Reviews

Castlevania: Lords of Shadow - Mirror of Fate

Arun Subramanian

Interestingly, and likely due to the limitations of the system, the game flattens the presentation of Lords of Shadow back down to two dimensions. In other words, after many lackluster attempts to make a 3D Castlevania, the developers of arguably the first truly successful one chose to step back for the title directly following it.


Castlevania: Lords of Shadow - Mirror of Fate

Publisher: Konami
Players: 1
Price: $39.99
Platform: 3DS
ESRB Rating: Mature
Developer: MercurySteam
Release Date: 2013-03-05

Castlevania and The Legend of Zelda may be the most readily conjured examples of franchises whose legacies are beholden to single titles. Both have been marked by the release of a genre-defining game, followed by multiple entries hewn extremely close to the framework set by those seminal titles. Of course, this kind of identification of a game brand with a particular, iconic title is a mixed blessing. With Zelda, many players feel that most of the games that have been released since The Ocarina of Time haven't quite hit the same mark and are eager for a change. Outside of Majora's Mask, however, it can be argued that Nintendo hasn't even tried a different approach.

But attempting to branch out can prove difficult as well. The pinnacle of Castlevania's history was almost certainly Symphony of the Night. Although many have grown accustomed to the Metroid-inspired design that has served the Castlevania series so well since that groundbreaking title, few would argue that the franchise could not benefit from a fresh approach.

Yet, previous attempts to breathe new life into the Castlevania series, particularly efforts to bring it to the third dimension (both Castlevania and Legacy of Darkness for the Nintendo 64 as well as Lament of Innocence and Curse of Darkness for next generation of consoles) were mixed bags, largely doing a poor job of translating the exploration, character progression and platforming that were hallmarks of the best entries in the franchise.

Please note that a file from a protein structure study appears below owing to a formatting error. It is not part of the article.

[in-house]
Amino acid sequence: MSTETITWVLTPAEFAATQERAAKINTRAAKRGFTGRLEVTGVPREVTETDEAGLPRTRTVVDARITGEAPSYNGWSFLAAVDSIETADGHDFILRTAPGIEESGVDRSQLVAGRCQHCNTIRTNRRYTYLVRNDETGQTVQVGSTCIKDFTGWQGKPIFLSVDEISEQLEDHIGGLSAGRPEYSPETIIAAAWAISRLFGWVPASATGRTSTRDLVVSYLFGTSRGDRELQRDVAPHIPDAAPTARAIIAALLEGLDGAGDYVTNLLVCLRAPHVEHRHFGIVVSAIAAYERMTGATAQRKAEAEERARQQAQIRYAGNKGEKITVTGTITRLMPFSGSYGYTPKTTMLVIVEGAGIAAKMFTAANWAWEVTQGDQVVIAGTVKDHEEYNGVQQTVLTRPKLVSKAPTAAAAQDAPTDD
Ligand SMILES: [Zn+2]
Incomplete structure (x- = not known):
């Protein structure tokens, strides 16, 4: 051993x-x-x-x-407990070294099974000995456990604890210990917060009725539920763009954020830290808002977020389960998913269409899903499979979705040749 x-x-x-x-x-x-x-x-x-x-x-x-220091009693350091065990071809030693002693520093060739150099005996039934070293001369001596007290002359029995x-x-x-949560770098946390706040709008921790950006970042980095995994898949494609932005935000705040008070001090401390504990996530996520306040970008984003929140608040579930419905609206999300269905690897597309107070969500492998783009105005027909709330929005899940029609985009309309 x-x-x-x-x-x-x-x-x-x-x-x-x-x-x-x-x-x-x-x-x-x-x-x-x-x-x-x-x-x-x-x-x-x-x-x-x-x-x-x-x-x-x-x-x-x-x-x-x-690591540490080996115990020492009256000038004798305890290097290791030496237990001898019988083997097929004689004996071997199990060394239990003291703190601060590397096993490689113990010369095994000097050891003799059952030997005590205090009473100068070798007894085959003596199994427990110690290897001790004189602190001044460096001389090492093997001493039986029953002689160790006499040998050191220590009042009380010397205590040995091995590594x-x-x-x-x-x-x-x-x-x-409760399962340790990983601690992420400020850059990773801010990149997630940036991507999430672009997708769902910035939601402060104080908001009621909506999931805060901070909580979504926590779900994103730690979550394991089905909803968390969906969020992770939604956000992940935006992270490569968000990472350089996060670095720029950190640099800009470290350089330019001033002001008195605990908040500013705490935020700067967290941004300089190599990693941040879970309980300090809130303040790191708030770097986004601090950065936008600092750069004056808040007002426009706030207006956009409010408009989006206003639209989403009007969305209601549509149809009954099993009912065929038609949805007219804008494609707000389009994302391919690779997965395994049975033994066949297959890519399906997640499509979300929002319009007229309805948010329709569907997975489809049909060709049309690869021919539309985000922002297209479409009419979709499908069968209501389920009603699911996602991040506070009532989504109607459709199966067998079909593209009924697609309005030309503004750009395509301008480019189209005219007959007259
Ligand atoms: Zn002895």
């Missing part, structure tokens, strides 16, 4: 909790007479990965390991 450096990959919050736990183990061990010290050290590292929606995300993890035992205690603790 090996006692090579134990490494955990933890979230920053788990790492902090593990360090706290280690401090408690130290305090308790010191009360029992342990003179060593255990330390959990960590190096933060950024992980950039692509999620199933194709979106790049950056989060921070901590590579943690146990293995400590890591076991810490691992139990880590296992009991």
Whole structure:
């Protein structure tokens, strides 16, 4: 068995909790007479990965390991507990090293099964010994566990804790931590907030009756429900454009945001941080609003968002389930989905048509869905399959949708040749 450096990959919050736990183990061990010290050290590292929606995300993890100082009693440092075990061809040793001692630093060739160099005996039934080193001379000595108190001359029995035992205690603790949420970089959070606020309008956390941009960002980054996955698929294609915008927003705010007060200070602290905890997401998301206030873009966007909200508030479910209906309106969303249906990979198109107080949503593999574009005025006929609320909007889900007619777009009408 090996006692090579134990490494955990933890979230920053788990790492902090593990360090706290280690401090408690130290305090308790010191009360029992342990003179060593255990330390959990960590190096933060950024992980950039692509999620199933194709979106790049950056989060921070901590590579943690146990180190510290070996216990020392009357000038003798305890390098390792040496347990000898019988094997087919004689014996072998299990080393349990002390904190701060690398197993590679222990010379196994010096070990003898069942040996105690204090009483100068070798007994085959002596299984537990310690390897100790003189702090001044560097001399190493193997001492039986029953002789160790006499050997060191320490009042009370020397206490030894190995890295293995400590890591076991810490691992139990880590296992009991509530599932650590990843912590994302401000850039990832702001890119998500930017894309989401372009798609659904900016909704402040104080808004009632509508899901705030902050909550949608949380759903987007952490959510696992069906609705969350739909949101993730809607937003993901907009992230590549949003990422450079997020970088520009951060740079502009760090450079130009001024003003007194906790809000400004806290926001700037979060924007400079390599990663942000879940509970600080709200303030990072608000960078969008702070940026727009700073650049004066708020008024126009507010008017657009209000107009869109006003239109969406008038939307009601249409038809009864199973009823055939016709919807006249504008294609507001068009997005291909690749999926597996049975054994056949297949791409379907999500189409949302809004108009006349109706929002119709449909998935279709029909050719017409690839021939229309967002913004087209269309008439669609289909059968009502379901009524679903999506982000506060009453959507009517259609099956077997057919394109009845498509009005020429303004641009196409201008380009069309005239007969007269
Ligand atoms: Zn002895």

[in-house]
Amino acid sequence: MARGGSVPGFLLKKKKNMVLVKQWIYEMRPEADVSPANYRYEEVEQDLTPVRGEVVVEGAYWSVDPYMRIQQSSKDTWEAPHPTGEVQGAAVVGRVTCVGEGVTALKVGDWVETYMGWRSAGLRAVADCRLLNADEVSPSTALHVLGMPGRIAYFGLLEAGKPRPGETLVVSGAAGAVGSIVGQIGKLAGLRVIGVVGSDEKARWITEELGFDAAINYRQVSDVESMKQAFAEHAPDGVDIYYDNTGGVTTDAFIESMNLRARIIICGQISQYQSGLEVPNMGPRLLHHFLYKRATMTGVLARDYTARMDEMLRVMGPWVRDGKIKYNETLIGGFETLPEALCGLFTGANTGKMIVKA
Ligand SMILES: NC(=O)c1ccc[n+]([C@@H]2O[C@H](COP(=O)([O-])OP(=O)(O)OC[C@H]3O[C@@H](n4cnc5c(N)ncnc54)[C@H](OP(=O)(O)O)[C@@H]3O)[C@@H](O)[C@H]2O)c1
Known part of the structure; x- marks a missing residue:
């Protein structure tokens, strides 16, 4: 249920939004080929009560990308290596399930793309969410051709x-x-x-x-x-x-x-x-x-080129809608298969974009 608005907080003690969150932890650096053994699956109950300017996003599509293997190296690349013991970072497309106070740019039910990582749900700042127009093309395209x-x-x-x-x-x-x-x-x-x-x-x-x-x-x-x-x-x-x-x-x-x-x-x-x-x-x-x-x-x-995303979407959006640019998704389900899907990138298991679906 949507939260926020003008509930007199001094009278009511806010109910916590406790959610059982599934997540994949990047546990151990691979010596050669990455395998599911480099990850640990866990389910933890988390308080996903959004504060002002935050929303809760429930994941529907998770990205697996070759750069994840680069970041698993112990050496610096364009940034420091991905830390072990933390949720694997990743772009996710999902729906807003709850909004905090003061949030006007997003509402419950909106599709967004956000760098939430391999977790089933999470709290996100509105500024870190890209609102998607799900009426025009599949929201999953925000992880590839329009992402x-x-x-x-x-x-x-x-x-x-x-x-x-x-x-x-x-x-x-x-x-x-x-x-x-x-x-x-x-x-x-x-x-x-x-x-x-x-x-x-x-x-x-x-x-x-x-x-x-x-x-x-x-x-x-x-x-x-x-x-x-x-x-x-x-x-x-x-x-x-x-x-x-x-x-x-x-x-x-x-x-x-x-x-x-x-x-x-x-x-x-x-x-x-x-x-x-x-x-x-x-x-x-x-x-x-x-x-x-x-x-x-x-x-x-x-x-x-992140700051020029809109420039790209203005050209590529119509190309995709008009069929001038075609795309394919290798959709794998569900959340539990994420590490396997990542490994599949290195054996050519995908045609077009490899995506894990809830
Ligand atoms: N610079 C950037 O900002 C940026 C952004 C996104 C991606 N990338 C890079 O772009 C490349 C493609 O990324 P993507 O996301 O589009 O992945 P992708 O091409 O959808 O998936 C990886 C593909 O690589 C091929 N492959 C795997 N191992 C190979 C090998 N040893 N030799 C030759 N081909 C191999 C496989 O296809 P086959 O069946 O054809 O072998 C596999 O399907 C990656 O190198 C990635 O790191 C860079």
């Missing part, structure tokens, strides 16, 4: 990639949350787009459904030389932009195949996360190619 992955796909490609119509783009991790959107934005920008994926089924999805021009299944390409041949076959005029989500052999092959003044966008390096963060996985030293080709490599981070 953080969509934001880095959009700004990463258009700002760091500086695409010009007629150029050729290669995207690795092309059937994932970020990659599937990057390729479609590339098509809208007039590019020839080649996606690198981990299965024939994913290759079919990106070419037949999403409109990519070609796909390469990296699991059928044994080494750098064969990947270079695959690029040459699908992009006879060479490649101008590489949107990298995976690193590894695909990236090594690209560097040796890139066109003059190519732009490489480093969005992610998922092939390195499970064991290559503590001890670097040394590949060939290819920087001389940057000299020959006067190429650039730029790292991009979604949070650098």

While Castlevania as a series began to seem more archaic, new franchises with a similar aesthetic sprung up, demonstrating how best to approach these kind of supernatural/horror action adventure games. Devil May Cry and God of War both became blockbusters, spawning a number of sequels, largely due to their stunning design elements (which could easily be argued to have been inspired by Castlevania) and innovative combat mechanics. But Castlevania itself somehow never seemed able to follow step.

In 2010, however, Castlevania: Lords of Shadow, represented a solid, well-received reboot of the franchise in the third dimension. Highly anticipated prior to its release, Lords of Shadow was praised for finally taking lessons learned from similar modern franchises and bringing them back to Castlevania. Though it suffered some criticism for not bringing enough new ideas to the table itself, it was a commercial success,and clearly represented a new start for the series.

Mirror of Fate for the 3DS follows directly from Lords of Shadow (with another more traditional sequel in the works for the 360 and PS3 scheduled to be released in late 2013 or early 2014. Interestingly, and likely due to the limitations of the system, the game flattens the presentation of Lords of Shadow back down to two dimensions. In other words, after many lackluster attempts to make a 3D Castlevania, the developers of arguably the first truly successful one chose to step back for the title directly following it. Again, though, this decision seems likely to be a function of the target platform more than anything else.

In a number of ways, Mirror of Fate tips its cap to the legacy of handheld Castlevania titles. But its exploration elements aren't nearly as involved, largely due to the choice to split the game into multiple acts with different protagonists. As a tradeoff the combat, as in Lords of Shadow, is far deeper than in more traditional entries in the series. The design aesthetics, too, help to distance it from the sprite-based elements of previous Castlevania titles.

Indeed there is little, technically speaking, to complain about with Mirror of Fate. The game looks great, and a lot of effort clearly went into both in game presentation and the expository cutscenes. It runs well, with no slowdown to speak of. The audio, though perhaps a step behind the graphics, is still quite well done.

Those Castlevania purists who feel that the undeniably satisfying platform/rpg archetype that has really defined the series since Symphony of the Night are not likely to enjoy Mirror of Fate. But it's certainly an enjoyable game and is recommended to fans of the original Lords of Shadow or anyone looking for fun action adventure game for the 3DS.